The executive producer of EastEnders has defended the show after a newspaper survey found that 57% of viewers thought it had lost its appeal.
Scripts had to be rewritten for the Ferreiras, Ms Berridge says
In the Mirror poll 16% of the 2,157 surveyed deemed the slump "dramatic".
Louise Berridge said that "success goes in cycles" and that stories about the show's troubles were more newsworthy than stories about its success.
But she conceded that some storylines with the show's Ferreira family were "not our finest hour".
The poll, conducted by YouGov, found that more than half - 53% - wanted to see better plots while 36% though the characters needed to improve.
Ms Berridge said: "The greater the success of the programme, the more news value there is to be had from any perception of its failure."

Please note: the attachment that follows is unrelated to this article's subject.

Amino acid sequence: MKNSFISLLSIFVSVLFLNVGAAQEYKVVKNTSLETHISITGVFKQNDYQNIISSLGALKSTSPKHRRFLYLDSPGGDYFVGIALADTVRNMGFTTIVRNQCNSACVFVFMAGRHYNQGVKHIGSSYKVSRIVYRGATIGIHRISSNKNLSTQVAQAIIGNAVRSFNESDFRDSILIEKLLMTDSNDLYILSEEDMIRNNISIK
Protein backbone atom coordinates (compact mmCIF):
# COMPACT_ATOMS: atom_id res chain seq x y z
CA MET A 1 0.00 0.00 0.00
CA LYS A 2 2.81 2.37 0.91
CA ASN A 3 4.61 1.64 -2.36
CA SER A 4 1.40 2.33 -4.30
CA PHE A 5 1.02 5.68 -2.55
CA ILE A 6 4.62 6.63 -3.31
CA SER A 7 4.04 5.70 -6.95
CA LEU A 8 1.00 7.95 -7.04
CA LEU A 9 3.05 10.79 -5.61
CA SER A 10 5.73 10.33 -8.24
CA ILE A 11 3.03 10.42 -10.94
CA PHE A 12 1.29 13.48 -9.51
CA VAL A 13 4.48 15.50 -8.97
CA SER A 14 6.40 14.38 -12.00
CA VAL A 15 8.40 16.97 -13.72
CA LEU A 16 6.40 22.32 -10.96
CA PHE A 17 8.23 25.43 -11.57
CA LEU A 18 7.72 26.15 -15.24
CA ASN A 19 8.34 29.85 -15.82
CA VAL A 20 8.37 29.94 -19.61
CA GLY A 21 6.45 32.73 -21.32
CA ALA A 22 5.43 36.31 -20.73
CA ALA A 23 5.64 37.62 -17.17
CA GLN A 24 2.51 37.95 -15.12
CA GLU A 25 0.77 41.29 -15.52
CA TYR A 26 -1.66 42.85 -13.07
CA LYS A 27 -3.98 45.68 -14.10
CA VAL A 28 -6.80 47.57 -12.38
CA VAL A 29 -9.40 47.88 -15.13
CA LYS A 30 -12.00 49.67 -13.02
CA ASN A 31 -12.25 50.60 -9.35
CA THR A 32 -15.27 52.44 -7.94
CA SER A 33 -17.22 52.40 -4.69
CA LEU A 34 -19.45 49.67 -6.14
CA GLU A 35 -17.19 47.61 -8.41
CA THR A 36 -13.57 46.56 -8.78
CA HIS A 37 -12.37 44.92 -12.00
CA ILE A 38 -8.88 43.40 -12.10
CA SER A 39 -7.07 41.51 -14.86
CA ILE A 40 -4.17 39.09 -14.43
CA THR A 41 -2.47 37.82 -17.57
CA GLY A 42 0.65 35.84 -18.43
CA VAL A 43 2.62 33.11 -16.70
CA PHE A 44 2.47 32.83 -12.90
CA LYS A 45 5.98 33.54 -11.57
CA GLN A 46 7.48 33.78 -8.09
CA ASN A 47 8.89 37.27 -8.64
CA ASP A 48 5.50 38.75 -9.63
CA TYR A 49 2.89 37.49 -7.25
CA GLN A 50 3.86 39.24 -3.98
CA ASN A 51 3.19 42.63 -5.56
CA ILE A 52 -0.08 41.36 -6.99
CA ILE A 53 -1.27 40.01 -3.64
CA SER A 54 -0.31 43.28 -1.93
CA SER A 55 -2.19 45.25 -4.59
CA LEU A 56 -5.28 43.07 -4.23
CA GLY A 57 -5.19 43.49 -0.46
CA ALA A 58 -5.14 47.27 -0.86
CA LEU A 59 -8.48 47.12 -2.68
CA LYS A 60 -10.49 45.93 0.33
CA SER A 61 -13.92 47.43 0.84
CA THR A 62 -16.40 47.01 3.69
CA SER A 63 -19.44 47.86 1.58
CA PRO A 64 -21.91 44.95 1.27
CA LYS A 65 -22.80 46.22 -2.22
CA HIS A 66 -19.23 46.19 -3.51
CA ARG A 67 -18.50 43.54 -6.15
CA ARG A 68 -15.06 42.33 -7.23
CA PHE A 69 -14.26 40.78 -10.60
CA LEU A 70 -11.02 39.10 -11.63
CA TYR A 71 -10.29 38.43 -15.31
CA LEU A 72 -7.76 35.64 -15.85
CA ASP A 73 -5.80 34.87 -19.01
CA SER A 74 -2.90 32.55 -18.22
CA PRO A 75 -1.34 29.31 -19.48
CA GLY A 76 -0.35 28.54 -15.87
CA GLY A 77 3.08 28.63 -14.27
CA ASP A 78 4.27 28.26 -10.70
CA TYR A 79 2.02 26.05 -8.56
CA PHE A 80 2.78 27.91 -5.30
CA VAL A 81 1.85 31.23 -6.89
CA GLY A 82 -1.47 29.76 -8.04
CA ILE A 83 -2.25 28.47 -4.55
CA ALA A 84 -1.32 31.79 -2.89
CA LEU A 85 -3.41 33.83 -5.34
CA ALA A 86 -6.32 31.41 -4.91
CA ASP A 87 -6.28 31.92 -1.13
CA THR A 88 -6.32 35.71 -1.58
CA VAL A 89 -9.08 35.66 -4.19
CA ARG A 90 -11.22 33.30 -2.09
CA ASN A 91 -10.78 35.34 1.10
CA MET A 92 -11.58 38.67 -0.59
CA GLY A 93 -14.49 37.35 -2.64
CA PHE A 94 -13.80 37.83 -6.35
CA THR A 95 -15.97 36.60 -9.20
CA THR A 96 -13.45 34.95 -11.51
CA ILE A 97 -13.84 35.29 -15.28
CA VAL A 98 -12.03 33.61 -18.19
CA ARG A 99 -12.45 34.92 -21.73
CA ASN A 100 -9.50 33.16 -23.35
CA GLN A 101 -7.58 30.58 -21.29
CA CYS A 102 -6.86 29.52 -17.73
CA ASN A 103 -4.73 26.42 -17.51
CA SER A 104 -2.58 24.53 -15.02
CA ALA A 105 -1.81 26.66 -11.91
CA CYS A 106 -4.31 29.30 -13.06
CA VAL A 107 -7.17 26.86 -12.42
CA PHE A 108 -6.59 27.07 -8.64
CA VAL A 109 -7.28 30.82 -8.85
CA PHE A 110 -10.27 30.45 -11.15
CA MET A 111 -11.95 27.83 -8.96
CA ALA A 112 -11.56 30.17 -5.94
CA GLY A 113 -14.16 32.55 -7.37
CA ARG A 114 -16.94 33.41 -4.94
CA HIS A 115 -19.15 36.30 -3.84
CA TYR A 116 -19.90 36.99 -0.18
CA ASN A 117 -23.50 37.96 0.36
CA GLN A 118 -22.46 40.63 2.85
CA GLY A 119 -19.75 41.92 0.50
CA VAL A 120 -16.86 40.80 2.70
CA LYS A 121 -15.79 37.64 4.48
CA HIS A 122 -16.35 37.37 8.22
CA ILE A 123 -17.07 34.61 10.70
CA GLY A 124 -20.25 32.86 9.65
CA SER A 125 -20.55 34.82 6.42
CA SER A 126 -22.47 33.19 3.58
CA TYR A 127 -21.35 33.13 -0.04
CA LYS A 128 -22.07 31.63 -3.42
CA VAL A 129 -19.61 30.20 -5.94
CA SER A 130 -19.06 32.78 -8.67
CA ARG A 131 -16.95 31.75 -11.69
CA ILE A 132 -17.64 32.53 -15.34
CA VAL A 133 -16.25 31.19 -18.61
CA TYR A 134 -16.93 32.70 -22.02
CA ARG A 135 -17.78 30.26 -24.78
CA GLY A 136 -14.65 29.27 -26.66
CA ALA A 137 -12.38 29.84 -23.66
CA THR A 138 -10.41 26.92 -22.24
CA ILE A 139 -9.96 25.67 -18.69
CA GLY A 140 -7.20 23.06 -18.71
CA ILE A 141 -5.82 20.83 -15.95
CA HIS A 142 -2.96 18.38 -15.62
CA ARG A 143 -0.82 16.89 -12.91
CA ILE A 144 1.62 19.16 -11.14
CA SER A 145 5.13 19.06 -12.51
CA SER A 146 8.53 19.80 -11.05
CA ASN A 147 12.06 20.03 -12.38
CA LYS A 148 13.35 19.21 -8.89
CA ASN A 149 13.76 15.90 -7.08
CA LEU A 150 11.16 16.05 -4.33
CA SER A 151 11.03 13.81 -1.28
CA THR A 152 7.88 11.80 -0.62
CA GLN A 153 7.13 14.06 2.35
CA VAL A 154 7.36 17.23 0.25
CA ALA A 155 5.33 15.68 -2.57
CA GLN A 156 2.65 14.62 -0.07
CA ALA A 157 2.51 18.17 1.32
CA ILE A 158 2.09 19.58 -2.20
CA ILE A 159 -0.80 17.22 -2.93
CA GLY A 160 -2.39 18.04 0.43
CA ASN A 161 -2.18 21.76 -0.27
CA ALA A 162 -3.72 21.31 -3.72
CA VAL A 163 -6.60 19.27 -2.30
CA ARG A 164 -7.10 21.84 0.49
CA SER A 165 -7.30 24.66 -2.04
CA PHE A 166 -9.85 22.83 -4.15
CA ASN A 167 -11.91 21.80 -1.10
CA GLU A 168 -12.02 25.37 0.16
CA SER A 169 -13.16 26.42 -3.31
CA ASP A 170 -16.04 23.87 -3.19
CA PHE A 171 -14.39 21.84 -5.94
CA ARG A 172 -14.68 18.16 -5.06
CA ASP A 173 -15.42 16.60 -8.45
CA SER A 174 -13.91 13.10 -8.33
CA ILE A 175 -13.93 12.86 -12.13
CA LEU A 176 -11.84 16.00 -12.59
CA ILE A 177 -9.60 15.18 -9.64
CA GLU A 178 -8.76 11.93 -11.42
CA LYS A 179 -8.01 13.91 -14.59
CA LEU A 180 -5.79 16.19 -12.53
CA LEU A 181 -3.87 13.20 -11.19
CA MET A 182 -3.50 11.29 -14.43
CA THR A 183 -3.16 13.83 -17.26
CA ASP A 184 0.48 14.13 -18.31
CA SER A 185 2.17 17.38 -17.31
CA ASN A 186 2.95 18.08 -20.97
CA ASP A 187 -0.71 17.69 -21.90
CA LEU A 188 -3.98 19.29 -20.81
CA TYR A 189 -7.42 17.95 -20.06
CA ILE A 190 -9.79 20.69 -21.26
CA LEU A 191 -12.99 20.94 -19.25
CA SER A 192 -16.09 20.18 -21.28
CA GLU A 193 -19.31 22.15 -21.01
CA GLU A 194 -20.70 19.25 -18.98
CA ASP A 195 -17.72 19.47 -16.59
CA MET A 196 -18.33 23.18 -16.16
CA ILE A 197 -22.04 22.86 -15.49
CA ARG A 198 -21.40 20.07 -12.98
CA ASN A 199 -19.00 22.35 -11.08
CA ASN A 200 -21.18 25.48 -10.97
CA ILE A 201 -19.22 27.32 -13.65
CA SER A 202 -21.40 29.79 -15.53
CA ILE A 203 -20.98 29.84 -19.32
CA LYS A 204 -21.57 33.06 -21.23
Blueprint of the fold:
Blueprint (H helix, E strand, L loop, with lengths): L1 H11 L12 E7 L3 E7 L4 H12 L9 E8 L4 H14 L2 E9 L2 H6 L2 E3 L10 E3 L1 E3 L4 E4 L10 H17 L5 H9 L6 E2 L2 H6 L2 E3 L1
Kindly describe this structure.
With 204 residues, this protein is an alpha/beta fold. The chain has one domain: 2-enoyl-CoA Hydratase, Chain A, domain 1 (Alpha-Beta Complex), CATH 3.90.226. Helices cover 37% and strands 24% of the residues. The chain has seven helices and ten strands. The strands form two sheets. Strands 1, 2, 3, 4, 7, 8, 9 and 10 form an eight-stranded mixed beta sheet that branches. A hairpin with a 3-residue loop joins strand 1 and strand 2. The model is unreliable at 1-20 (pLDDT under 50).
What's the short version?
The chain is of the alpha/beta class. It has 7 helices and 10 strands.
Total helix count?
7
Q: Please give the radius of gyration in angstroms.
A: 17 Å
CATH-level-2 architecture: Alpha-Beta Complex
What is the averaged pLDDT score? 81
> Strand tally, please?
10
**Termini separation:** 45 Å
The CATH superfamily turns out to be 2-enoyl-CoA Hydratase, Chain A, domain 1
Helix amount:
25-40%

She said the most important rule of soap was to listen to feedback and that was why she was "taking the unusual step of responding" to the survey.
"It's disappointing to read that a large number of viewers feel the show has been weaker over this last year - although to some extent I fear this was inevitable.
"In a way, it's been a victim of its own success."
She said the popularity of storylines with Kat Slater and Alfie Moon, as well as scenes involving Dennis Rickman and Sharon Watts, meant that some viewers complained if their favourite characters were "not the centre of storyline".
She said matters "beyond our control", including pregnancy and illness, often had a "negative impact" on the show.
In the case of the Ferreira family, the "sudden removal" of actor Dalip Tahil meant a major storyline had to be scrapped and 40 scripts "rewritten on the spot".
Mr Tahil was deported to his home country of India following a decision by the Home Office to reject his appeal to work for the BBC in the UK.
"The writers and production team did their very best under these circumstances, but I would be the first to admit the end result was not our finest hour", she said.